For your enjoyment–(and by enjoyment I mean realization that you made a good choice not going to law school)–I will occassionally share food-related questions that pop up on my bar review. This one came last week at the PMBR and was the 35th question in the contracts section. I’m curious to see how non-legal-minds would answer this intuitively, so post your answers and your reasoning and I’ll come back atchya with the real answer tomorrow afternoon/night [and current lawyers or law students can’t play!]:
Toshi is the owner of Hama, a sushi restaurant in Venice. Toshi contracted in writing with Fishco, a fish distributor, to buy 50 pounds of touro (which is a yellow fin tuna). At the time the contract was signed, Toshi orally said to Fishco, “We do have an understanding that Kifune, our chef, must approve the quality of the fish before I will pay you.” Fishco acknowledged Toshi’s request and responded, “If you say so.”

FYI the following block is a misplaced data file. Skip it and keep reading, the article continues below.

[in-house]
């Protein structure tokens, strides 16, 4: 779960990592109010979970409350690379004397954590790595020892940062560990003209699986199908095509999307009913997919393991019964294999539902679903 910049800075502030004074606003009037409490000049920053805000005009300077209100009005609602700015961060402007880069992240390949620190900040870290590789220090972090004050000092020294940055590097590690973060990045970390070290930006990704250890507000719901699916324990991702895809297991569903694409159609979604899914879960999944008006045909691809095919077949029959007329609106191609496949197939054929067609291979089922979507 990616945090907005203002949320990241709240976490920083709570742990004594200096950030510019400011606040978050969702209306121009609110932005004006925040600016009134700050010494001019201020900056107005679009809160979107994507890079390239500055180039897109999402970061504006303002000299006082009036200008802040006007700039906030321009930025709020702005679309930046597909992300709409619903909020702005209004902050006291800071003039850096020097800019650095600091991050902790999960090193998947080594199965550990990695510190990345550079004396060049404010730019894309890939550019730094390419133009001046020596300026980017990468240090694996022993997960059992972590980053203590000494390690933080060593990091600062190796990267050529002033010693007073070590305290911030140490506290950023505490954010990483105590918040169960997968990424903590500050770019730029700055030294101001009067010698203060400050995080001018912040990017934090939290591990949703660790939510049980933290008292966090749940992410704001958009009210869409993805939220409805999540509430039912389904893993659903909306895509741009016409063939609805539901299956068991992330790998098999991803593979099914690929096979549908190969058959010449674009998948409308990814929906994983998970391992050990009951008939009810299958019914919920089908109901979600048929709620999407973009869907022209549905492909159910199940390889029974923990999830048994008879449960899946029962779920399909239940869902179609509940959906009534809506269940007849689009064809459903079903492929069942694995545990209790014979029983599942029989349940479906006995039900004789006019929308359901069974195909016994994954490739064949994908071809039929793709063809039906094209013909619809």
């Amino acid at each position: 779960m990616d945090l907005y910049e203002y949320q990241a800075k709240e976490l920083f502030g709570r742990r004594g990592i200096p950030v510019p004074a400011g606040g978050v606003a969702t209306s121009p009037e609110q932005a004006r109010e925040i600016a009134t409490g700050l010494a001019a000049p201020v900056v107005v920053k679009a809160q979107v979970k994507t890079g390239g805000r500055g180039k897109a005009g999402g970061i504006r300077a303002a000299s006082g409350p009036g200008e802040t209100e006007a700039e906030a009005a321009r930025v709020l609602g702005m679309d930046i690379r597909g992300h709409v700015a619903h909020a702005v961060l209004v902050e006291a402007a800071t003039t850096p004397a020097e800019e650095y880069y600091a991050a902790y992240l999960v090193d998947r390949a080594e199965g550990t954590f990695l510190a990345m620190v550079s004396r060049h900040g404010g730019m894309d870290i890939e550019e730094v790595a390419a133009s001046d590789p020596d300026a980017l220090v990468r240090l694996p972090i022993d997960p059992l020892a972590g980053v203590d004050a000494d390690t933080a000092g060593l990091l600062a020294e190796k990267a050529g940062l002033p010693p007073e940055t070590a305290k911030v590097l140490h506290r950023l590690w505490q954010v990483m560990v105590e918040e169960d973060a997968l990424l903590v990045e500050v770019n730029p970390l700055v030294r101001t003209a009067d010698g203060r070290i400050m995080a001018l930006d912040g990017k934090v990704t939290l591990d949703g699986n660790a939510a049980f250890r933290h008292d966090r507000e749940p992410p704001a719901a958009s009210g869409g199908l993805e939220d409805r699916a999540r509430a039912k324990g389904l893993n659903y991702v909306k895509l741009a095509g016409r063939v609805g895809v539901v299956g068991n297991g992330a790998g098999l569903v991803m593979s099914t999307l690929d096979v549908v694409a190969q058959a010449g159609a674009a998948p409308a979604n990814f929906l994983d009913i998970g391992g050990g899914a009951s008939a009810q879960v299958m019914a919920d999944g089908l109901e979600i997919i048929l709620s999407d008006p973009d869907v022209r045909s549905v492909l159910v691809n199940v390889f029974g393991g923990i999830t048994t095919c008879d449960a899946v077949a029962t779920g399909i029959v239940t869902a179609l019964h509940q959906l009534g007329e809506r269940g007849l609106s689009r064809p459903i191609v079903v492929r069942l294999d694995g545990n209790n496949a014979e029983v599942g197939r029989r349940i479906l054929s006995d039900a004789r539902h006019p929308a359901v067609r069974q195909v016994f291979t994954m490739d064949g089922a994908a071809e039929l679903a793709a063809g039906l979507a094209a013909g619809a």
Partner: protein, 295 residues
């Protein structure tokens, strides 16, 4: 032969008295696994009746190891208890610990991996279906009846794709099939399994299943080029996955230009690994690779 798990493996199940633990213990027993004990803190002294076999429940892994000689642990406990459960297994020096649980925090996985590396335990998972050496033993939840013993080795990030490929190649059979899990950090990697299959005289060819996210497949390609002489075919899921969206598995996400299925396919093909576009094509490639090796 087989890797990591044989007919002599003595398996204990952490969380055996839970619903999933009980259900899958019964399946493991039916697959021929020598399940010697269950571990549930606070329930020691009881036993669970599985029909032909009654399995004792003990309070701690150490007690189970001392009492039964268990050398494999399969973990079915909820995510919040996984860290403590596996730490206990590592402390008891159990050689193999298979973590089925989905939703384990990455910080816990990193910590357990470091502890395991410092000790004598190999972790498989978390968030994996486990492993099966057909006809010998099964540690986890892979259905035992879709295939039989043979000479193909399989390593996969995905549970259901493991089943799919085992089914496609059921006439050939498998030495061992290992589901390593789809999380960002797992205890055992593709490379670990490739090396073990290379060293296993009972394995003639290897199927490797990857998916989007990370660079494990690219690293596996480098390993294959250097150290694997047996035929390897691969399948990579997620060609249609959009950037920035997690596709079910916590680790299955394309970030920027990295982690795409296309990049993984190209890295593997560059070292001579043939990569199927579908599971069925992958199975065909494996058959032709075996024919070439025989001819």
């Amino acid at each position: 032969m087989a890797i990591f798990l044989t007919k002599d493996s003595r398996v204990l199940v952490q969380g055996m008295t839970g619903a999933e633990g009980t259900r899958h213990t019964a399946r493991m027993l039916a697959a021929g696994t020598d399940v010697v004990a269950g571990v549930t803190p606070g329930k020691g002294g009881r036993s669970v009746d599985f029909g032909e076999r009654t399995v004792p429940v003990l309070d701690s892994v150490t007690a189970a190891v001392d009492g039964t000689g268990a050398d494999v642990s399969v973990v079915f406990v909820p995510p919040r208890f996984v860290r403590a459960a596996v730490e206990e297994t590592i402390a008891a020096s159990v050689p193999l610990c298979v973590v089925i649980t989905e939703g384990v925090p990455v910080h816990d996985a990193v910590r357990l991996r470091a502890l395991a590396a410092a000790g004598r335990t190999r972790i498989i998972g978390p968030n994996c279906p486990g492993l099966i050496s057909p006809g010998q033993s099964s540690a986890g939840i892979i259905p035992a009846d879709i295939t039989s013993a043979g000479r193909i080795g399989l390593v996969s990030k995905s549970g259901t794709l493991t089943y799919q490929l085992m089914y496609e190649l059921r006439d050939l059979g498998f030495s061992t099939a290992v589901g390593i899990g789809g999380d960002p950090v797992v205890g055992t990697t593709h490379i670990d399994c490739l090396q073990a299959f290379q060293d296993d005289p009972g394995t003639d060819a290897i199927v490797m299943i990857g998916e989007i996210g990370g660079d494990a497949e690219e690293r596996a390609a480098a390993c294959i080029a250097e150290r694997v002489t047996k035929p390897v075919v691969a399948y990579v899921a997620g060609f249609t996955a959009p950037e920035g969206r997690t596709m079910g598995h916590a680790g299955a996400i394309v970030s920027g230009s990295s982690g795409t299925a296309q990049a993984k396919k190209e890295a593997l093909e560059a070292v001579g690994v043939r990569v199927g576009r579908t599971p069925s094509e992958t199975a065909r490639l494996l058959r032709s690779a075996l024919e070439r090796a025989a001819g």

Thereafter, Fishco delivered the yellow fin tuna to Toshi. After inspecting the fish, Kifune refused to give his approval because the touro was spotted instead of its customary shiny skin. As a result, Toshi refused to accept and pay for the fish.
35. Fishco brought a breach of contract action against Toshi because he refused to pay for the fish delivery. How should the court rule on Toshi’s offer to prove, over Fishco’s objection, that Kifune refused to approve the touro that was delivered?
(A) The evidence is admissible to show frustration of purpose.
(B) The evidence is admissible to show that the written agreement was subject to an oral condition precedent.
(C) The evidence is barred because the written contract appears to be a complete and total integration of the parties’ agreement.
(D) The evidence is barred because the oral agreement is within the statute of frauds.